(Memphis, TN) — The Southern Conference on Language Teaching (SCOLT) held its annual conference in Memphis, Tennessee, from March 13-15, 2014. During the conference, Dr. Sue Barry, a Graduate Program Officer and Coordinator of Foreign Language Education at the Auburn University in Alabama, was named the 2014 SCOLT Educator of Excellence. Each member state in the SCOLT region may nominate one candidate from higher education for this award. Dr. Barry was selected as this year’s recipient on the basis of her excellent teaching portfolio and letters of recommendation.
As an instructor of methods for Foreign Language Teaching since 1993 and as a researcher of cognition and memory, specifically text comprehension, Dr. Barry’s talent is confirmed both by colleagues, who write that her dedication to language learning and advocacy for languages is unparalleled, and by excellent evaluations from her students. Her colleagues additionally praise her for her use of technology in providing distance learning combined with on-campus experiences, for her leadership regionally and nationally, and for her willingness to mentor many language teachers throughout her career. Heather West, Executive Director of AAFLT (Alabama Association of Foreign Language Teachers) writes, “A solid example of the three-leg stool model of professorial activity, Dr. Barry also makes time for a great deal of meaningful service to our profession. She has regularly served on various committees of the Alabama State Department of Education regarding state textbook selection and revision of the Alabama Standards for Modern Language Education with the goal of improving the learning of students in public school classrooms. She also served for five years on the SCOLT Advisory Board during which time she represented the organization as an official delegate at the National Assessment Summit, the JNCL-NCLIS (The Joint National Committee for Languages/The National Council for Languages and International Studies), and ACTFL (The American Council on the Teaching of Foreign Languages).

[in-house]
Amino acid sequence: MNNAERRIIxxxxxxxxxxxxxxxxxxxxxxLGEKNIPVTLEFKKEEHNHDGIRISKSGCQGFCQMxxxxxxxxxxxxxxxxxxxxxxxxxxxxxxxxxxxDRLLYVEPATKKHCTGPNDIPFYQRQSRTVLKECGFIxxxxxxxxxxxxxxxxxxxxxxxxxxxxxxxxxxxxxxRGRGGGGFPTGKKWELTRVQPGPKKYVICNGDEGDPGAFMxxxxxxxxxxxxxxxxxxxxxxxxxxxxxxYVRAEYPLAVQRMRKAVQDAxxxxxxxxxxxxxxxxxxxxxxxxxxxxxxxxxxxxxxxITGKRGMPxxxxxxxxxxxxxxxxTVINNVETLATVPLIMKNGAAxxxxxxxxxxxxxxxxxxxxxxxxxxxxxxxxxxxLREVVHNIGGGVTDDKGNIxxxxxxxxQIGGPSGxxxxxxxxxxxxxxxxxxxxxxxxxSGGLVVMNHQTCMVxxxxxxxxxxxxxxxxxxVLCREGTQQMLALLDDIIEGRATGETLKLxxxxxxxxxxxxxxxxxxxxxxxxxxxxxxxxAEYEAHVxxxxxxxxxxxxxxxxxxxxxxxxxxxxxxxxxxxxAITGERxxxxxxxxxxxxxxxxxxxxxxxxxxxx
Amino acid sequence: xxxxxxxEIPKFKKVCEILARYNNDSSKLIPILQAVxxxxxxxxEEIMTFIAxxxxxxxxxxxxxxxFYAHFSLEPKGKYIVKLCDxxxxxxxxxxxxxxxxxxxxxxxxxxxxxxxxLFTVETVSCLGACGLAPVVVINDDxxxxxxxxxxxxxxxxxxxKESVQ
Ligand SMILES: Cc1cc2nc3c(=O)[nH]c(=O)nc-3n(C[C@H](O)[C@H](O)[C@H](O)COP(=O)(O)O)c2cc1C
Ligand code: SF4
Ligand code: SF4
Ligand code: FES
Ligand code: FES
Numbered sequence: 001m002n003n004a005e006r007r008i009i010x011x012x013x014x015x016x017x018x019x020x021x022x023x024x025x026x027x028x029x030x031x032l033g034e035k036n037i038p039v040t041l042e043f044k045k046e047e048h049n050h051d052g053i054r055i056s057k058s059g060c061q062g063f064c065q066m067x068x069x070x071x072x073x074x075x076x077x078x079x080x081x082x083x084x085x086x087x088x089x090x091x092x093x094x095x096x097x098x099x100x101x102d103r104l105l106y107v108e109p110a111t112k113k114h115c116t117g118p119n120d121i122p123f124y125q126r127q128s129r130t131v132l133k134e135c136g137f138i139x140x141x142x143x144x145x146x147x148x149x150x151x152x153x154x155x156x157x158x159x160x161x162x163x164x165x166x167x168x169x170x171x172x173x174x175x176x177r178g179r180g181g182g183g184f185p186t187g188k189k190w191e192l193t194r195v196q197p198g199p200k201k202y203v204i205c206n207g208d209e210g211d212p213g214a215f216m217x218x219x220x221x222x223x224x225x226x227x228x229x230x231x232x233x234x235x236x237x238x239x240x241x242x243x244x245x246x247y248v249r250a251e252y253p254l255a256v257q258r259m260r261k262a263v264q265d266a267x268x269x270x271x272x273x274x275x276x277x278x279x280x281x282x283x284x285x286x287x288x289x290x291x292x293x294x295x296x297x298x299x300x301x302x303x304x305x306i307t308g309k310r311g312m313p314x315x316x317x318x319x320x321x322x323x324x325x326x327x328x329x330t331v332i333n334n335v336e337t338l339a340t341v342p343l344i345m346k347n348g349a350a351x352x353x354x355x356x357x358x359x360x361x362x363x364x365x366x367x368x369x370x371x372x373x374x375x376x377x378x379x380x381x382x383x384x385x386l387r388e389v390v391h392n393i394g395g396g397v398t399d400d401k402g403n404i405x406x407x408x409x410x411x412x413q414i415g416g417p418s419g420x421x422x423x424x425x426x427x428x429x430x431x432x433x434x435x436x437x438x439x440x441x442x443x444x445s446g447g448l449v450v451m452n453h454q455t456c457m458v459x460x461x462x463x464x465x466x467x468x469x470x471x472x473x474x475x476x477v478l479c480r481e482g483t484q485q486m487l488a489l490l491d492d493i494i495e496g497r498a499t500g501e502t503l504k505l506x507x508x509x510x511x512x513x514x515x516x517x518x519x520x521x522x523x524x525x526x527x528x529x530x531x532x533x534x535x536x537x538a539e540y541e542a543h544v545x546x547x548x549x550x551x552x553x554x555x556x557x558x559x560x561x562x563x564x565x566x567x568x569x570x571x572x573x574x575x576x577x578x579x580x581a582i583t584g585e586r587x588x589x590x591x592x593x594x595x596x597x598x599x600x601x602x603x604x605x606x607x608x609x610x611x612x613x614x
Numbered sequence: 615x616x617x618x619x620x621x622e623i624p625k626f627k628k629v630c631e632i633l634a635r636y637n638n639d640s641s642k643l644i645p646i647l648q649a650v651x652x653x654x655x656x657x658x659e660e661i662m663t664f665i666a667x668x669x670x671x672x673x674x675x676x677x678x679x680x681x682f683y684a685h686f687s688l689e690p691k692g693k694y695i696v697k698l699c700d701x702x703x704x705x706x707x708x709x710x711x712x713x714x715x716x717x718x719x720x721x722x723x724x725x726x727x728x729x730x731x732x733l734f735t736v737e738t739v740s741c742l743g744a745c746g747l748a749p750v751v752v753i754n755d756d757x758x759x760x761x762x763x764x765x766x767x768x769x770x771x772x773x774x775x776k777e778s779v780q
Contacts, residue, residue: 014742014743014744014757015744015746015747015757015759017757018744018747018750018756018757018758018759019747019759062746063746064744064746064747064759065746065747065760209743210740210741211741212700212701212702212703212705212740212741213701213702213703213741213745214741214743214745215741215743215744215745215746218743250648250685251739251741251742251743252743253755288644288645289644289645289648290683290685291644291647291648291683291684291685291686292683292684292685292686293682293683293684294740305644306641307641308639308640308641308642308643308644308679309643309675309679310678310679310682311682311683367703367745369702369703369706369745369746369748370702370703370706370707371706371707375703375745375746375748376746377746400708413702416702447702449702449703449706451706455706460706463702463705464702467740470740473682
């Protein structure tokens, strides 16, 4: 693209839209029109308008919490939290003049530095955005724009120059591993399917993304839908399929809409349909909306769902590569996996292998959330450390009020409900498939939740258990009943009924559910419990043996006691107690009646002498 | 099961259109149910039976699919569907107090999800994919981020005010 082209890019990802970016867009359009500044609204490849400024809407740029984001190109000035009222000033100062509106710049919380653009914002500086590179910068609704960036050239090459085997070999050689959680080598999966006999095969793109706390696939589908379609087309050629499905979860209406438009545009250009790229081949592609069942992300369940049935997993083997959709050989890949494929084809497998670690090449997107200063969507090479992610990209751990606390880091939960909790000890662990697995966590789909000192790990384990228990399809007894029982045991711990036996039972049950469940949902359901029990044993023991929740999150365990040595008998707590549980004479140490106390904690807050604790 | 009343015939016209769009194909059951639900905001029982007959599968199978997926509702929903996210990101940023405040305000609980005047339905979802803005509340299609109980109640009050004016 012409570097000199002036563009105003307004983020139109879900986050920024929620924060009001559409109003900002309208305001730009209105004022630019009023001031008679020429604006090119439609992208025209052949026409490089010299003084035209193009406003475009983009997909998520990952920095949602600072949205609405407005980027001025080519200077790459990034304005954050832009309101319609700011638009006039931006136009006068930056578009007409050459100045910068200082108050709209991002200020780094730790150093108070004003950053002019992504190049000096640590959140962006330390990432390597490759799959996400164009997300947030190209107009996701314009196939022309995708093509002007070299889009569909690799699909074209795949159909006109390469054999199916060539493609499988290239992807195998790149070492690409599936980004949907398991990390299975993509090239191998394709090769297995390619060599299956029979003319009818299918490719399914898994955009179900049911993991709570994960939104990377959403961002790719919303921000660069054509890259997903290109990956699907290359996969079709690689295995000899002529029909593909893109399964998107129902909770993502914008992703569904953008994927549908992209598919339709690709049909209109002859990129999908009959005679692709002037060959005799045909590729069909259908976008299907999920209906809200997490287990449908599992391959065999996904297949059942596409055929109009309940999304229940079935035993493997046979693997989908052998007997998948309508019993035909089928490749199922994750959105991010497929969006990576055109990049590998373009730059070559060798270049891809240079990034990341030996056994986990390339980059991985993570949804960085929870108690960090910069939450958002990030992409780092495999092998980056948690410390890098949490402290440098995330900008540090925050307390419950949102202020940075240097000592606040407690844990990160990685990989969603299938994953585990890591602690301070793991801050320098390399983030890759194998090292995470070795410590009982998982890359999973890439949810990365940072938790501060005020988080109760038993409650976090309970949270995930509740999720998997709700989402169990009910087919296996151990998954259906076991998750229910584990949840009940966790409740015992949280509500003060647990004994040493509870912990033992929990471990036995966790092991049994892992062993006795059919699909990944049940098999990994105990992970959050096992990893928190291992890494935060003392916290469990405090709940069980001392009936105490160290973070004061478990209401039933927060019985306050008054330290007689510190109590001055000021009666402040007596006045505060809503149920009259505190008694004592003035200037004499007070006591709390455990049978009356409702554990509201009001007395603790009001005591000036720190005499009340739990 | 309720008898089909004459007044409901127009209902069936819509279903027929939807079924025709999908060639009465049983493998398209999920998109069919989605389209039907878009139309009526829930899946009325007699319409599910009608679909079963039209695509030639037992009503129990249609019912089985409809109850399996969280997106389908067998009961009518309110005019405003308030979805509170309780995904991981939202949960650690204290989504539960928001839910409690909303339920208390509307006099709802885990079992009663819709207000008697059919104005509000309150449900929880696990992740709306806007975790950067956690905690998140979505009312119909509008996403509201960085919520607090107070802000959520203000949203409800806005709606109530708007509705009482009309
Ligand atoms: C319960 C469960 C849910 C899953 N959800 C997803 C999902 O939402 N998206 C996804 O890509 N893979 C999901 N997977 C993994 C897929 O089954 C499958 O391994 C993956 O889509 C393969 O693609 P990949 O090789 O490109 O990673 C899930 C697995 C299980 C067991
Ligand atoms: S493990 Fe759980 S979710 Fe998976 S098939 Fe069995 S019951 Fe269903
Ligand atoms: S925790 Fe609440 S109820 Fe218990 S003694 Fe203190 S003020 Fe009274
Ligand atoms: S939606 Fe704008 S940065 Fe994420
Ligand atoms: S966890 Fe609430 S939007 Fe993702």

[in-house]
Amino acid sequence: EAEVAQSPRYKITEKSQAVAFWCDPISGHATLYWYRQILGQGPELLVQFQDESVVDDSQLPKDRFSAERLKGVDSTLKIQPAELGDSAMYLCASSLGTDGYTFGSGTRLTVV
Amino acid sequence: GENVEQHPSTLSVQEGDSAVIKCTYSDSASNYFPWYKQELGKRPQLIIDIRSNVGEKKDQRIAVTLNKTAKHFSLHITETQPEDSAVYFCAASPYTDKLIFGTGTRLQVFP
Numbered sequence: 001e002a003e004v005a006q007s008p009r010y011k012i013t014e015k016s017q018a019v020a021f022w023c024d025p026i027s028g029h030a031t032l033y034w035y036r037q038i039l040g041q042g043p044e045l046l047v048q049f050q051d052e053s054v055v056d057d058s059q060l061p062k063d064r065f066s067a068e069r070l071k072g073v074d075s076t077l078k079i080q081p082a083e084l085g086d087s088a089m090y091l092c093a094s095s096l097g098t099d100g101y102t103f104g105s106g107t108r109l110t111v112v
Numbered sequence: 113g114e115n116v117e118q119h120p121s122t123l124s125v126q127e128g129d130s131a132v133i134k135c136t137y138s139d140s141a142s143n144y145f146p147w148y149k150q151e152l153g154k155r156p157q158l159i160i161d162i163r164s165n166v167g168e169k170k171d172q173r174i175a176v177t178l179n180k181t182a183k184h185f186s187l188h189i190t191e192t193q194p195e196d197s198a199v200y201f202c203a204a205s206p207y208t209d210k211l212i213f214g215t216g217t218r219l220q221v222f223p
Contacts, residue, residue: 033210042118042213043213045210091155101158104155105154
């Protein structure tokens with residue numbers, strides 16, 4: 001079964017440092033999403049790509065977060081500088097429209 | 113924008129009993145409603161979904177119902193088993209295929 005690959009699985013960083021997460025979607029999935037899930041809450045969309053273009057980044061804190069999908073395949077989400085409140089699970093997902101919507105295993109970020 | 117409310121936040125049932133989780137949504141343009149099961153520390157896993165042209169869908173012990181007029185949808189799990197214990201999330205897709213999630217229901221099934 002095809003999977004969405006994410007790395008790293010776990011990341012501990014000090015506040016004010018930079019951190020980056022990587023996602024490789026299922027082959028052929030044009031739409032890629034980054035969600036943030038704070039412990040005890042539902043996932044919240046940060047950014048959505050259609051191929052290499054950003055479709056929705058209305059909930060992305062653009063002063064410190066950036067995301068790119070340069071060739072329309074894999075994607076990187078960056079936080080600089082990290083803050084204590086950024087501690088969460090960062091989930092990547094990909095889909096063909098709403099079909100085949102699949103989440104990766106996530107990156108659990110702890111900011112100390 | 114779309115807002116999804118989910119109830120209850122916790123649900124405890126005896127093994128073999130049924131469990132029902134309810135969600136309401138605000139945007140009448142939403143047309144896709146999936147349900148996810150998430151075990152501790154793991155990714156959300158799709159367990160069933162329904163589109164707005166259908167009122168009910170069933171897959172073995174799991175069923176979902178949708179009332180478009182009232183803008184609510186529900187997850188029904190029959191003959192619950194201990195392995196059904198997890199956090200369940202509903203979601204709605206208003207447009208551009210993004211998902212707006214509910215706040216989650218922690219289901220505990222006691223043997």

Above all, Dr. Barry has remained committed to future teachers of languages on campus and beyond the classroom. She sets high expectations to lead her students to present with her at conferences, whereby these educators see the need to become members of associations, all of which encourages them to achieve higher recognition through National Board Certification, win awards, and ultimately become mentors. SCOLT congratulates Dr. Barry on this award and thanks her for her tireless efforts to promote world languages in the southeastern United States.